Mr. Collier also made insulting, inappropriate and inaccurate remarks in which he characterised the motives of specific NGOs. In the midst of a dialogue aimed at building trust and consensus, Mr.Collier's presumptuous statements were shocking.

The way the Chairman conducted the meeting as well as his concluding remarks has been insulting and he should apologise to the participants.

Mr. Collier has abused his position as chairman to give his own controversial views at the very end, which did not reflect the discussions and also did not give an opportunity for participants to comment on his "conclusions." After his speech, an NGO representative wanted to respond to the new and unchallenged points made by the chairman, but the chairman instead closed the meeting.

Collier's comments were particularly insensitive in view of the statements made during the symposium by many participants, from both South and North, about the need to redress the inability of developing countries to adequately participate in the WTO's decision making processes due to lack of resources.

Several African delegations had also spoken of the lack of benefits to their countries from the Uruguay Round and the lack of Northern countries' fulfillment of their obligations to developing countries.

Egypt's permanent representative to the WTO, Amb. Mounir Zahran, had said at the same session that his country had fundamental difficulties with the Uruguay Round agreements. "If we cannot resolve them, we cannot justify further liberalisation in developing countries. In an earlier session, the representative of Zimbabwe also said the Uruguay Round did not yield benefits to developing countries, which also had the lack of capacity to fulfil the requirements.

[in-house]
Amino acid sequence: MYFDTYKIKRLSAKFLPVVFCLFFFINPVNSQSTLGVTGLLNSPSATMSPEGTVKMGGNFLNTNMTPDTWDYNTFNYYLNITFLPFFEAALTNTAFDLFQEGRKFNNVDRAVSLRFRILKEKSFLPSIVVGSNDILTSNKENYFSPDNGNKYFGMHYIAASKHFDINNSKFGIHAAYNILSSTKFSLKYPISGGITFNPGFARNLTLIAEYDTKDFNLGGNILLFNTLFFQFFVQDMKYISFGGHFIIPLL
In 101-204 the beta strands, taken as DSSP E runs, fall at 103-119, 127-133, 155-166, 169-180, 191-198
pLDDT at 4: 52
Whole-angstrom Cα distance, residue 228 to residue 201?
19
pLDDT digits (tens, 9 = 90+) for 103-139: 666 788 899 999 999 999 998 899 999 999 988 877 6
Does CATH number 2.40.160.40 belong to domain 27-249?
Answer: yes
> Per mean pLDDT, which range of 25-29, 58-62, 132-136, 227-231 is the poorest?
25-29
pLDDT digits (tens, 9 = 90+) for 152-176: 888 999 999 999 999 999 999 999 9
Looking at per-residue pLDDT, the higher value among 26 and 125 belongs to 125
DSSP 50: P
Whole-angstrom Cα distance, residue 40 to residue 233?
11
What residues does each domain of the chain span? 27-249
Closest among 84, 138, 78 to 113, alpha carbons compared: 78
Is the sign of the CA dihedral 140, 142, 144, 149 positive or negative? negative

We therefore request the following:

1. Mr. Collier should apologise to the participants for his inaccurate and biased views and his procedures.

2. The WTO director(c)general should explain how and why in this important session, the main speaker and the chairman were both from the North. They were both criticising the special and differential provisions that are in favour of developing countries; and they both advocated that developing countries should appease the United States by fully opening up their markets in a new Round.

3. The WTO secretariat should not facilitate or organise efforts that pressurise countries to agree to a new Round by using intimidating tactics.

The great irony is anti(c)development positions on several points were highlighted in a symposium where the focus is supposed to be on development. This leads us to the strong suspicion that the session was intended not for a scientific or objective review of trade and development policies, but to be used as a platform for propaganda and prescriptions to pressure developing country delegations to accept a "New Round with new issues", especially negotiations for an investment agreement.